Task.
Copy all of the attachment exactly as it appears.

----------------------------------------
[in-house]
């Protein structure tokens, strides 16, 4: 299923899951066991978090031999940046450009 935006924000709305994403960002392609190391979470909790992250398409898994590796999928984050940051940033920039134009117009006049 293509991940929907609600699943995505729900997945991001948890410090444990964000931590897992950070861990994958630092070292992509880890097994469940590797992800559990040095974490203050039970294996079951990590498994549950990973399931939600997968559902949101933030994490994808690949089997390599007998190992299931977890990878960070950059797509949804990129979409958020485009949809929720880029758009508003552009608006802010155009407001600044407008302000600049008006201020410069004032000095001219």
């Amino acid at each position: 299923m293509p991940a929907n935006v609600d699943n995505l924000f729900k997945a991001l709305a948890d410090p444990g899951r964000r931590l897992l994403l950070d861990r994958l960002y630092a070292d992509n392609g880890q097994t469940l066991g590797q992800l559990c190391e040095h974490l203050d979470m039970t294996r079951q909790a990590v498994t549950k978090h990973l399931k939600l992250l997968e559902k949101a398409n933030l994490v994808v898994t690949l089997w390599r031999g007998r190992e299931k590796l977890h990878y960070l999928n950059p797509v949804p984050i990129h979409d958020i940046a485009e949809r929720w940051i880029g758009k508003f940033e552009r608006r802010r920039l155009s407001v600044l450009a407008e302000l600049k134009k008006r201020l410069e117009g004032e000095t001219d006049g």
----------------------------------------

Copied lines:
[in-house]
């Protein structure tokens, strides 16, 4: 299923899951066991978090031999940046450009 935006924000709305994403960002392609190391979470909790992250398409898994590796999928984050940051940033920039134009117009006049 293509991940929907609600699943995505729900997945991001948890410090444990964000931590897992950070861990994958630092070292992509880890097994469940590797992800559990040095974490203050039970294996079951990590498994549950990973399931939600997968559902949101933030994490994808690949089997390599007998190992299931977890990878960070950059797509949804990129979409958020485009949809929720880029758009508003552009608006802010155009407001600044407008302000600049008006201020410069004032000095001219």
């Amino acid at each position: 299923m293509p991940a929907n935006v609600d699943n995505l924000f729900k997945a991001l709305a948890d410090p444990g899951r964000r931590l897992l994403l950070d861990r994958l960002y630092a070292d992509n392609g880890q097994t469940l066991g590797q992800l559990c190391e040095h974490l203050d979470m039970t294996r079951q909790a990590v498994t549950k978090h990973l399931k939600l992250l997968e559902k949101a398409n933030l994490v994808v898994t690949l089997w390599r031999g007998r190992e299931k590796l977890h990878y960070l999928n950059p797509v949804p984050i990129h979409d958020i940046a485009e949809r929720w940051i880029g758009k508003f940033e552009r608006r802010r920039l155009s407001v600044l450009a407008e302000l600049k134009k008006r201020l410069e117009g004032e000095t001219d006049g």